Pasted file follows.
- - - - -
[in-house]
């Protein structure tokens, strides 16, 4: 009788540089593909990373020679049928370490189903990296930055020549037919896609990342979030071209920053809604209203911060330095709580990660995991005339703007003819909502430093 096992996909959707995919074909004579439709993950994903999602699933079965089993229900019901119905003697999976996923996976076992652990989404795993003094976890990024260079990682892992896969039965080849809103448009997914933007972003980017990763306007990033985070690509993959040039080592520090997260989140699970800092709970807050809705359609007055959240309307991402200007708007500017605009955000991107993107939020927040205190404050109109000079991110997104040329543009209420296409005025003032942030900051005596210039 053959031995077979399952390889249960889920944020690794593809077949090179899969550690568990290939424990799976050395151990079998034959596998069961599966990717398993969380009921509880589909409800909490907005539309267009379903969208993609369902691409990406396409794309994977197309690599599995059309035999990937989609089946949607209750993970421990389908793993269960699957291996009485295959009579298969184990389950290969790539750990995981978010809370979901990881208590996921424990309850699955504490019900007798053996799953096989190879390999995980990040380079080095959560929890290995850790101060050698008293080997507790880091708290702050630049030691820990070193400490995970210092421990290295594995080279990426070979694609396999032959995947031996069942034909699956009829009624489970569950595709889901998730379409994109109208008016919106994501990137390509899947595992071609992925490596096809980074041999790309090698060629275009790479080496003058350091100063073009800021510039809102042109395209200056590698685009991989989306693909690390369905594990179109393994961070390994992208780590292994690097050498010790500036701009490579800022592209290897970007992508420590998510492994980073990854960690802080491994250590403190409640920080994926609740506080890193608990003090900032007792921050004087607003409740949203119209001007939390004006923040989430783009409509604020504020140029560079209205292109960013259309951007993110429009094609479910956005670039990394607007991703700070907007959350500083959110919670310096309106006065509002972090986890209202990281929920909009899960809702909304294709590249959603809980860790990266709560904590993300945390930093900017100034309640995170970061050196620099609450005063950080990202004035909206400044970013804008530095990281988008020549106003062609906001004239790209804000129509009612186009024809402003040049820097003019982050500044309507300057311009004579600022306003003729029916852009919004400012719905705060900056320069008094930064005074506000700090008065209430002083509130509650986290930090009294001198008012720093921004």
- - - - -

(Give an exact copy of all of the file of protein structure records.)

[in-house]
């Protein structure tokens, strides 16, 4: 009788540089593909990373020679049928370490189903990296930055020549037919896609990342979030071209920053809604209203911060330095709580990660995991005339703007003819909502430093 096992996909959707995919074909004579439709993950994903999602699933079965089993229900019901119905003697999976996923996976076992652990989404795993003094976890990024260079990682892992896969039965080849809103448009997914933007972003980017990763306007990033985070690509993959040039080592520090997260989140699970800092709970807050809705359609007055959240309307991402200007708007500017605009955000991107993107939020927040205190404050109109000079991110997104040329543009209420296409005025003032942030900051005596210039 053959031995077979399952390889249960889920944020690794593809077949090179899969550690568990290939424990799976050395151990079998034959596998069961599966990717398993969380009921509880589909409800909490907005539309267009379903969208993609369902691409990406396409794309994977197309690599599995059309035999990937989609089946949607209750993970421990389908793993269960699957291996009485295959009579298969184990389950290969790539750990995981978010809370979901990881208590996921424990309850699955504490019900007798053996799953096989190879390999995980990040380079080095959560929890290995850790101060050698008293080997507790880091708290702050630049030691820990070193400490995970210092421990290295594995080279990426070979694609396999032959995947031996069942034909699956009829009624489970569950595709889901998730379409994109109208008016919106994501990137390509899947595992071609992925490596096809980074041999790309090698060629275009790479080496003058350091100063073009800021510039809102042109395209200056590698685009991989989306693909690390369905594990179109393994961070390994992208780590292994690097050498010790500036701009490579800022592209290897970007992508420590998510492994980073990854960690802080491994250590403190409640920080994926609740506080890193608990003090900032007792921050004087607003409740949203119209001007939390004006923040989430783009409509604020504020140029560079209205292109960013259309951007993110429009094609479910956005670039990394607007991703700070907007959350500083959110919670310096309106006065509002972090986890209202990281929920909009899960809702909304294709590249959603809980860790990266709560904590993300945390930093900017100034309640995170970061050196620099609450005063950080990202004035909206400044970013804008530095990281988008020549106003062609906001004239790209804000129509009612186009024809402003040049820097003019982050500044309507300057311009004579600022306003003729029916852009919004400012719905705060900056320069008094930064005074506000700090008065209430002083509130509650986290930090009294001198008012720093921004």